"Live birth rate from IVF with donated sperm was around 29 percent in the 18-34 age group, but only around 14 percent in the over-37 age group."
London, June 30 - It is the sperm quality of the donor and not his age that matters in the success of fertility treatment with sperm donation, a study says.
The age of the sperm donor was of little significance in couples having sperm donation for fertility treatment, the findings showed.
It is sperm quality rather than male age that matters, said Meenakshi Choudhary, from Britain's Newcastle Fertility Centre at Life.
Our results suggest that, up to the age of 45, there is little effect of male age on the treatment's outcome, Choudhary added.
The findings reaffirm the observation that a couple's fertility appears significantly more dependent on the age of the female partner than on that of the male.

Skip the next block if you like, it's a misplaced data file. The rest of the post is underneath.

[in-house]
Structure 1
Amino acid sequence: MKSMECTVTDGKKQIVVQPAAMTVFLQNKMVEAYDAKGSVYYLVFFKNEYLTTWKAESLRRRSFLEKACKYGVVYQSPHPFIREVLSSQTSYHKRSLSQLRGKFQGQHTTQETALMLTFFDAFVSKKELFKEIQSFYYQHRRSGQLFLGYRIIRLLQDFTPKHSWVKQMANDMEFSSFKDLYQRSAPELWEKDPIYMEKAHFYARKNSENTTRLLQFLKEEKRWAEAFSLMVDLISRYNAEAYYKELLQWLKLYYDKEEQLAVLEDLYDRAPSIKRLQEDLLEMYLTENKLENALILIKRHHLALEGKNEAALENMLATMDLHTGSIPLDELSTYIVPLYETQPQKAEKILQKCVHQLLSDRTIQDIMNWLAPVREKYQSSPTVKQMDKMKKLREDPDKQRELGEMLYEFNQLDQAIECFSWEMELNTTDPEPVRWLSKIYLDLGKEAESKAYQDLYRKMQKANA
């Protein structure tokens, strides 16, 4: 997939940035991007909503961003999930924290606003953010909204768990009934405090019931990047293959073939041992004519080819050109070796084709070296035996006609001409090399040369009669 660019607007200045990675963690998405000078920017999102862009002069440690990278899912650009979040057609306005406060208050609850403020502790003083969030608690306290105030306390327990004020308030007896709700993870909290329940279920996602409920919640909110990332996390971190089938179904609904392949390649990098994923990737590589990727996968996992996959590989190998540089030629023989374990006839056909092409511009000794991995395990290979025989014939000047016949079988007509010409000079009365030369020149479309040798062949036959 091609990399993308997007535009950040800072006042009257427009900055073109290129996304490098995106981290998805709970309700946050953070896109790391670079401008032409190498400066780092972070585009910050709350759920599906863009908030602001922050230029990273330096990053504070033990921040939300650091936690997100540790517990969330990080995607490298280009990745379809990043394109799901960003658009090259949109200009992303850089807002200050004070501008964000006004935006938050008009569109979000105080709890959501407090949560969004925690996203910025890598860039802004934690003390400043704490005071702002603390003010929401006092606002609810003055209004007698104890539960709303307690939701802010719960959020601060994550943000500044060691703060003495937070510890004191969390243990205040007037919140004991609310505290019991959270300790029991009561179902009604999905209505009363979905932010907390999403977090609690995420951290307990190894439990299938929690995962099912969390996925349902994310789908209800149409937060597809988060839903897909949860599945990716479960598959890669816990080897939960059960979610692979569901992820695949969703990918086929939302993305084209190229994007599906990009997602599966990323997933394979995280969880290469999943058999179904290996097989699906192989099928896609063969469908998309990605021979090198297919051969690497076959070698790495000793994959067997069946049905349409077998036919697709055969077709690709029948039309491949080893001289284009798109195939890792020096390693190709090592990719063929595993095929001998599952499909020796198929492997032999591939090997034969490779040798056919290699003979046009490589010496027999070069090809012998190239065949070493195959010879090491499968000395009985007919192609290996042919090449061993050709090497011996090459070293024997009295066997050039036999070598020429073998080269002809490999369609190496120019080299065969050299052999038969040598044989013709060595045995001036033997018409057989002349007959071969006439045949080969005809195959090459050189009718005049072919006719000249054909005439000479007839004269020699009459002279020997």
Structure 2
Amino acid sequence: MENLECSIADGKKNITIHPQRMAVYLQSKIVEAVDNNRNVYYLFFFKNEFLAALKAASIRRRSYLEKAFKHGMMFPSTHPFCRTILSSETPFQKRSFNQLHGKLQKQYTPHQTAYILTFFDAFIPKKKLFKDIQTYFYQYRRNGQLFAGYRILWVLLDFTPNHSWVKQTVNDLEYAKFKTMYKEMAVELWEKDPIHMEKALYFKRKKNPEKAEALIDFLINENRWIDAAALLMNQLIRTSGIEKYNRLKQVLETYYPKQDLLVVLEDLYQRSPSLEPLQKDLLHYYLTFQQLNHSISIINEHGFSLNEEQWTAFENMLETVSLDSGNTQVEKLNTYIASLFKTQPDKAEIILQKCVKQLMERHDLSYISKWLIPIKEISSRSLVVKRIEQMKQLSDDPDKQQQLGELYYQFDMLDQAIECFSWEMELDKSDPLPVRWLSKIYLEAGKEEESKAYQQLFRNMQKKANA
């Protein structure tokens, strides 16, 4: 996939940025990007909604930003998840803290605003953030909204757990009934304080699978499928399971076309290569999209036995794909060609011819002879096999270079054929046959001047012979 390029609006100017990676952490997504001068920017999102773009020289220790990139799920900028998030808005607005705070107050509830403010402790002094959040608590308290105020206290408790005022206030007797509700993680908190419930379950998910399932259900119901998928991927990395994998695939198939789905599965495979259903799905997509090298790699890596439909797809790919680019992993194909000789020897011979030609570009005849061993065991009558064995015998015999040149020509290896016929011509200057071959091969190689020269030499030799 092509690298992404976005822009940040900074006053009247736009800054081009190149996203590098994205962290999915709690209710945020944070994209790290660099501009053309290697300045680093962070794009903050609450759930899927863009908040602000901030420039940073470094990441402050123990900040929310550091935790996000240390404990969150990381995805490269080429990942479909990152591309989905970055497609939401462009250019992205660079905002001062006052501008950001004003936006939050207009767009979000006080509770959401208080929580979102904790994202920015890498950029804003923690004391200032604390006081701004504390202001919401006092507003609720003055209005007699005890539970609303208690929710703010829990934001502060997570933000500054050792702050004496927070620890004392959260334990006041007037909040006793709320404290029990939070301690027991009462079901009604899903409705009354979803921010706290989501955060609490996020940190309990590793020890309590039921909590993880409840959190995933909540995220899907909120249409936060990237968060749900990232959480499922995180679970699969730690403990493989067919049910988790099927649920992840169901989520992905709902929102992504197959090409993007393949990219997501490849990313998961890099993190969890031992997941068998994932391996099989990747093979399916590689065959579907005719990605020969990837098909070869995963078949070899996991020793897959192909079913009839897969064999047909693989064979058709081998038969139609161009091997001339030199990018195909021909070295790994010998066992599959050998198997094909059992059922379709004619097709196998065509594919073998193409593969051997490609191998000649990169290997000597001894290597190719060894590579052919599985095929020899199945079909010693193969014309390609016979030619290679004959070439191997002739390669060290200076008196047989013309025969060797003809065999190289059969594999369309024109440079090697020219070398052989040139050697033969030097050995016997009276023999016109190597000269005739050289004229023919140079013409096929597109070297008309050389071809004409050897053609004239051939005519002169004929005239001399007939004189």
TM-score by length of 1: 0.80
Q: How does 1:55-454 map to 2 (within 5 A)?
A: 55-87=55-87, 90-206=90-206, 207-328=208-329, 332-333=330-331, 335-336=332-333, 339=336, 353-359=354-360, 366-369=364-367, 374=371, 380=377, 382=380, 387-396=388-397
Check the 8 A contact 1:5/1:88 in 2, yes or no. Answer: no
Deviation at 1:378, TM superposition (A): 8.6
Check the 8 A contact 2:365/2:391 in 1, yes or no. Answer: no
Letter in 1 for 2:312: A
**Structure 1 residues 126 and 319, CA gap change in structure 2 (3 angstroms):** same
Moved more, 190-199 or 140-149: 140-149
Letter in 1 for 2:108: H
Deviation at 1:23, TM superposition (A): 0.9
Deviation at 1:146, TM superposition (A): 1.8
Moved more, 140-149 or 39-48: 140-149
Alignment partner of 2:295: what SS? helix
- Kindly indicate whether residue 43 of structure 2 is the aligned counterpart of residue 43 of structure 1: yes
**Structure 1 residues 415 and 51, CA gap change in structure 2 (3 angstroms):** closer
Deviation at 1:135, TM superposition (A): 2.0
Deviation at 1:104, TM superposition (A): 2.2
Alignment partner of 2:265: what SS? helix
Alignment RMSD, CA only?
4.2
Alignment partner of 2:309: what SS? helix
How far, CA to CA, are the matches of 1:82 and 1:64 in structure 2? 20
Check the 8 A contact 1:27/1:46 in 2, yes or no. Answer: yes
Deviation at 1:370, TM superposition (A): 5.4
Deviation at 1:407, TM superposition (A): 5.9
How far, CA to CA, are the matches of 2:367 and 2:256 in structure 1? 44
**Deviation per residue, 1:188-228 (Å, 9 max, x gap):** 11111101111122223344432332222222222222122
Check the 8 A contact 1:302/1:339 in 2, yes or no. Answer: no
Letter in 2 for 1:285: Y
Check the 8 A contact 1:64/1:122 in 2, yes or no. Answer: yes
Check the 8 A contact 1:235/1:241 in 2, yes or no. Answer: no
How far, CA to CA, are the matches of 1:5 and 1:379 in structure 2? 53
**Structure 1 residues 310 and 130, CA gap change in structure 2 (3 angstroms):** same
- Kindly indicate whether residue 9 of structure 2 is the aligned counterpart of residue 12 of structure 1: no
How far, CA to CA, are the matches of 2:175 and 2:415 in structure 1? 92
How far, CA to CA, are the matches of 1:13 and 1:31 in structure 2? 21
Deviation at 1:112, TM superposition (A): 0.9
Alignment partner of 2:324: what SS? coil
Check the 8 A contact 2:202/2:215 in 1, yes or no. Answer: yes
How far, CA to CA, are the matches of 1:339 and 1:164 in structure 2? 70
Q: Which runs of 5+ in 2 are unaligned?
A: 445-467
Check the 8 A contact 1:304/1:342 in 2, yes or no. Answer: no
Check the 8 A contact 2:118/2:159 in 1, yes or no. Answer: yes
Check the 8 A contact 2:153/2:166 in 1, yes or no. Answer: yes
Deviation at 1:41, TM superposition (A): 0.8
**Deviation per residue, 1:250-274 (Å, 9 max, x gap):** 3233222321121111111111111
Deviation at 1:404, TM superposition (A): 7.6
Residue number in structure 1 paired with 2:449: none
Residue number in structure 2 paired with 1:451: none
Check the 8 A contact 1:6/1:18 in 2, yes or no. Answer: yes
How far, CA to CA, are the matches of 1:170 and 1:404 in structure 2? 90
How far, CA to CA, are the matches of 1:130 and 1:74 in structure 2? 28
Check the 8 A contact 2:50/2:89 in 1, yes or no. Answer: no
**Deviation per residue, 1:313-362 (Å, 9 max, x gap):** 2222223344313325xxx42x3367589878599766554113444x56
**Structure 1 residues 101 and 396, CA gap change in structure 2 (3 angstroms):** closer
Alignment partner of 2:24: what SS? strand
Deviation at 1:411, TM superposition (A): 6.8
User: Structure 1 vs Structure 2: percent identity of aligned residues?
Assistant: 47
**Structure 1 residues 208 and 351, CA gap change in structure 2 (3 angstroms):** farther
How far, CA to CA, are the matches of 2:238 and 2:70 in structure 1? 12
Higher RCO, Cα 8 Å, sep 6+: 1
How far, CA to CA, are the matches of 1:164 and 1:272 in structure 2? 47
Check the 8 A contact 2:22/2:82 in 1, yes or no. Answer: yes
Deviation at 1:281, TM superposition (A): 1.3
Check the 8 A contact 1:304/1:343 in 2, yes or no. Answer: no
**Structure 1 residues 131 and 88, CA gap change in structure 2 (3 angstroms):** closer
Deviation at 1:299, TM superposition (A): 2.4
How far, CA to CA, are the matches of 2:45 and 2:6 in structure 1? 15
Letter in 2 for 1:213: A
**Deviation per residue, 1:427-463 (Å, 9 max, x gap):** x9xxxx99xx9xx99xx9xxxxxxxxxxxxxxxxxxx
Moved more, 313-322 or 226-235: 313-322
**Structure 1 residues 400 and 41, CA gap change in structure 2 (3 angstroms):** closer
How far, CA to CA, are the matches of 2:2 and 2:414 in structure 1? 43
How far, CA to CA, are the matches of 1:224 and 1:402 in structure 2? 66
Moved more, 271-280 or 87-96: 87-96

Their conclusions were derived from an analysis of all Britain treatment cycles with sperm donation registered by the Human Fertilisation and Embryology Authority (HFEA) between 1991 and 2012.
From a total of more than 2,30,000 sperm donation cycles, 39,282 were from a first cycle of treatment (with either IVF or donor insemination) and were included in the analysis (a first cycle would avoid any bias from previous attempts).
Results showed a difference according to female age, both in the IVF (in vitro fertilisation) and the donor insemination treatments.
Live birth rate from IVF with donated sperm was around 29 percent in the 18-34 age group, but only around 14 percent in the over-37 age group.
However, within these same two female age bands, no significant differences were found in live birth rate (LBR) relative to the age of sperm donor.